This study investigated the importance of bio-essential trace element availability in the Proterozoic oceans using a novel technique, i.e., analysing bio-essential trace element concentrations and sulfur isotopic compositions in sedimentary pyrite in Proterozoic black shales using Laser Ablation-Inductively Coupled Plasma-Mass Spectrometry (LA-ICP-MS) and Sensitive High Resolution Ion Microprobe-Stable Isotope (SHRIMP-SI) respectively, to further our understanding of the “Boring Billion”. Considering high resolution temporal bio-essential trace elements trends are currently scarce in the literature, this study resolved the issue by systematic sampling of Proterozoic black shales from the McArthur and Mt Isa basins in northern Australia and Vindhyan Basin in central India. That was followed by pyrite LA-ICP-MS (~2000 analyses) to measure trace element concentrations of Se, Mo, Ni, Co, Bi, Cu, Zn, Mo, Pb, As, Tl, Cd, Ag, Au not only to reflect on their availability but also to infer paleo-redox structure of the Proterozoic oceans and atmosphere and its effect on biologic evolution. Additionally, pyrites used for LA-ICP-MS analyses were also analysed for sulfur isotope compositions using SHRIMP-SI to provide a more robust indicator of ocean redox conditions in the Proterozoic. Also, some black shales are known to host some of the world’s largest Zn-Pb SEDEX style ore deposits, such as the Barney Creek Formation hosting the McArthur River deposit. This study also explored the possibility of using trace element concentrations in pyrite as mineralization vectors to McArthur River style Zn-Pb deposits in sedimentary basins.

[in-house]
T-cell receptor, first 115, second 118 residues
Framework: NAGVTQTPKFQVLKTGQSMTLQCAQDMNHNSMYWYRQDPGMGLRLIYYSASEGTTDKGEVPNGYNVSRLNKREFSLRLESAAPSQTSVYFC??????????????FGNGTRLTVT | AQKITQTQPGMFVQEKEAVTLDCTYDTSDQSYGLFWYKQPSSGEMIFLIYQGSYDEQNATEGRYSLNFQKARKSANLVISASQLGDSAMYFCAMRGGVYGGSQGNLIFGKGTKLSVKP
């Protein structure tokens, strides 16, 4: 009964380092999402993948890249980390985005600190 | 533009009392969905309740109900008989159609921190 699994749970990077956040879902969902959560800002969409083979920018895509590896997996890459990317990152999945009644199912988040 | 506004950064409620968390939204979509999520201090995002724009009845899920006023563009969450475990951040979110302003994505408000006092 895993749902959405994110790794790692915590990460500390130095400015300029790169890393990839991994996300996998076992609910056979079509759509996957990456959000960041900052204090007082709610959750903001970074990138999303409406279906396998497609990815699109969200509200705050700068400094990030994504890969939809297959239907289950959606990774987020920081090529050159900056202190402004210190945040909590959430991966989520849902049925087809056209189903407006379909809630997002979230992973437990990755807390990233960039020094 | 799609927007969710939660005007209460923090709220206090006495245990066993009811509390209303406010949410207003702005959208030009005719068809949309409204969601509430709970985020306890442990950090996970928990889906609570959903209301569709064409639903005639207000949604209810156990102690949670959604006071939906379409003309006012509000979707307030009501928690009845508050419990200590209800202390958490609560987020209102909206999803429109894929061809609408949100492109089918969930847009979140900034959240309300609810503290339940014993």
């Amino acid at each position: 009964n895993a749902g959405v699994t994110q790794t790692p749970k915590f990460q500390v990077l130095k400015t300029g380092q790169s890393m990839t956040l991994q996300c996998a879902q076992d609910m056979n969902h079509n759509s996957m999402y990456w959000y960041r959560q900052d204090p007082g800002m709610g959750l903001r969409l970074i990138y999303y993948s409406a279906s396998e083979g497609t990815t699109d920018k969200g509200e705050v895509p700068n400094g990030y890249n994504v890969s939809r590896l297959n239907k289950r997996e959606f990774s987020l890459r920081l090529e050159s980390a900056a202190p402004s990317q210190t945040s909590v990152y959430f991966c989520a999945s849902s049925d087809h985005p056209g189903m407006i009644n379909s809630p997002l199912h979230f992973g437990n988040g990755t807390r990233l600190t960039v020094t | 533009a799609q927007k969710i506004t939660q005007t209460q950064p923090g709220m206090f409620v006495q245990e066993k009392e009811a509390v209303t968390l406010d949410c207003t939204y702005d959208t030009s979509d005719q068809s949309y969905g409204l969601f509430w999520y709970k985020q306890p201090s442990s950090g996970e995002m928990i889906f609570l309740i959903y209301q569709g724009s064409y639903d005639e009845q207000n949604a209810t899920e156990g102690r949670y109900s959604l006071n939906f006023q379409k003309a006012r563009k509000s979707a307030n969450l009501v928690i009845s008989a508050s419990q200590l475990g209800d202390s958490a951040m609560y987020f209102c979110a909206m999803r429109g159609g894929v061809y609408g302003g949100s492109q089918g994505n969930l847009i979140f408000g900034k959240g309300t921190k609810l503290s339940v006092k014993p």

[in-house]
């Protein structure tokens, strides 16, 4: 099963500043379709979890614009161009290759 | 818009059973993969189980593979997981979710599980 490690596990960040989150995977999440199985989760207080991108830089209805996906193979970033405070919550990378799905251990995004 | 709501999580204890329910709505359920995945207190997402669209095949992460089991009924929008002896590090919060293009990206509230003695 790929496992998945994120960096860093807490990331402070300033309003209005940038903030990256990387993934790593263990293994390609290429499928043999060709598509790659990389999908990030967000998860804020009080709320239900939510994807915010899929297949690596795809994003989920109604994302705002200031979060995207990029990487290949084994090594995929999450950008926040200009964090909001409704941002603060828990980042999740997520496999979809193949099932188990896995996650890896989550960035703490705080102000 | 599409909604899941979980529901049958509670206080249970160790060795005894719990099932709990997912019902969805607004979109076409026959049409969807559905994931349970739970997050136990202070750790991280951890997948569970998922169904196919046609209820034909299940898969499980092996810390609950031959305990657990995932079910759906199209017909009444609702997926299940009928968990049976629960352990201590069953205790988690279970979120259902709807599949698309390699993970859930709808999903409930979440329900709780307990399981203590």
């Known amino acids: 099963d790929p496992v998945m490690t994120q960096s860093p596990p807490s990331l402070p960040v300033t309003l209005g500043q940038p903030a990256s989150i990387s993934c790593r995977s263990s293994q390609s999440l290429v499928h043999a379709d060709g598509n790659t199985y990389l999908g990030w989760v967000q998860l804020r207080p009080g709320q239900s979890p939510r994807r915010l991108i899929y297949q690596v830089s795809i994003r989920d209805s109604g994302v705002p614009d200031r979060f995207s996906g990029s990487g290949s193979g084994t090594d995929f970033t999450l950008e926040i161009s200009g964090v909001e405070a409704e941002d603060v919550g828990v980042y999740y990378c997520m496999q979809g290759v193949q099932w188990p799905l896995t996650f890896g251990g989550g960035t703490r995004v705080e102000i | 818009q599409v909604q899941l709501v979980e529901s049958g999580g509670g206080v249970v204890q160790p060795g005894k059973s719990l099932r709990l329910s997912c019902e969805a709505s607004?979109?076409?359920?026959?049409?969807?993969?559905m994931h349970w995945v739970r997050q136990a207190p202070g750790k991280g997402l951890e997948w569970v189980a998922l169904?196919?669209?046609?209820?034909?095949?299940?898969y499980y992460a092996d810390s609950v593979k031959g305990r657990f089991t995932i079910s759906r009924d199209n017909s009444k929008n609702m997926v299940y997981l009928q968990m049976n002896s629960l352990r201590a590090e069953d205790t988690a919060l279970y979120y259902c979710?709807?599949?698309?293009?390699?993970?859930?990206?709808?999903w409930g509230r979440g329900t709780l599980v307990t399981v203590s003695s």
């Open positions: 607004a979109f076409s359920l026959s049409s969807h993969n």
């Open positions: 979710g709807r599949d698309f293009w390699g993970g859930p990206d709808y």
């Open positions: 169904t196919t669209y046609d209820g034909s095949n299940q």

There are four main conclusions from this PhD research discussed in separate chapters in the thesis. First, the pyrite LA-ICP-MS technique adopted for the study to measure trace element concentrations was proven to be a sensitive tool, that incorporated petrography and allowed better analytical detection limits than whole rock method, which was critical. Particularly in the Proterozoic where trace element signatures in the rock record are suppressed, the sensitivity of the technique, unlike the whole rock method, allowed robust trace element trends to be recognised. Second, this research demonstrates how redox sensitive trace element concentrations in sedimentary pyrite and their ratios can be effectively used as proxies for tracking nutrient-productivity cycles and atmospheric oxygenation through the “Boring Billion” period. Elements like Se, Zn, Ni, Co, Mo and Bi and their ratios (Se/Co, Ni/Co, Zn/Co, Mo/Co, Se/Bi, Ni/Bi, Mo/Bi, Zn/Bi) are particularly robust indicators. The research concludes that whilst certain trace elements show an increase in their concentrations in pyrite in response to rise in atmospheric oxygen such as Se, Zn, Ni and Mo, some elements show a decrease (Co, Bi) as the latter is relatively more readily adsorbed onto Fe-Mn hydroxides and oxides owing to their ionic forms. Therefore, an increase in elements like Se, Mo, Zn coupled with a decrease in Bi and Co is a more robust indicator of any proposed oxygenation event. Also, pyrite-sulfur isotope compositions obtained using SHRIMP-SI provide useful insights regarding ocean oxygenation. We suggest that an increase in mean pyrite sulfur isotope compositions (δ34SVCDT values) for black shales depositing under open ocean conditions is possibly indicative of progressive ocean oxygenation and a simultaneous decrease in areal extent of anoxia making it a more efficient reducing system. This causes the pyrites to exhibit heavy δ$$^{34}$$S$$_{VCDT}$$ values. Third, variation in trace element concentrations in sedimentary pyrites from varying proximity to an ore body (in this case McArthur River deposit) are excellent mineralization vectors. Results demonstrate that elements like Mo, Ni, Co showed a consistent decrease in concentrations and Zn, Tl, Pb showed an increase, moving closer to mineralization. This was further used to construct pyrite vector diagrams that would aid in exploration for more Zn-Pb deposits (McArthur River style) in the McArthur Basin. Another important finding was that black shales affected by mineralization events and hydrothermal activity should not be used to infer paleo-seawater chemistry as the trace element chemistry becomes altered significantly due to both mineralization and hydrothermal fluid activity. Therefore, for black shales known to host mineral deposits, caution during sampling is recommended; sampling black shales farthest from a mineralized zone is most preferable. Fourth, the thesis provides a novel and fresh perspective on the “Boring Billion” and highlights evidence against the current consensus on the significance of this time span. Findings from this study, for the first time, point towards a fluctuating trace element availability unlike the low and flat trends suggested by previous studies. This study observes both periods of low (1800-1400 Ma) and relatively high (1400-800 Ma) TE availability during the Proterozoic. Also, unlike previous research, I propose low trace element availability as a major driving force for evolution. The study concludes that periods of low nutrient TE caused an evolutionary pressure, and were essential triggers promoting biological innovations such as the emergence of the first complex cell (eukaryote) and periods of high TE promoted rapid diversification of eukaryotes.